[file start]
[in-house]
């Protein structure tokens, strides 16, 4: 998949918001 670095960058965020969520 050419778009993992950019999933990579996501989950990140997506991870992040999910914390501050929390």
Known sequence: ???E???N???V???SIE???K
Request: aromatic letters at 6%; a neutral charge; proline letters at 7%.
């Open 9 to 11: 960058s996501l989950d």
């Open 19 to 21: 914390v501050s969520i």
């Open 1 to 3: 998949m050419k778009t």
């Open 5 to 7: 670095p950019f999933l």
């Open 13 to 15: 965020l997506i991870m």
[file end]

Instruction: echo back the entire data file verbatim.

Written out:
[in-house]
């Protein structure tokens, strides 16, 4: 998949918001 670095960058965020969520 050419778009993992950019999933990579996501989950990140997506991870992040999910914390501050929390």
Known sequence: ???E???N???V???SIE???K
Request: aromatic letters at 6%; a neutral charge; proline letters at 7%.
């Open 9 to 11: 960058s996501l989950d």
């Open 19 to 21: 914390v501050s969520i």
């Open 1 to 3: 998949m050419k778009t």
């Open 5 to 7: 670095p950019f999933l």
């Open 13 to 15: 965020l997506i991870m």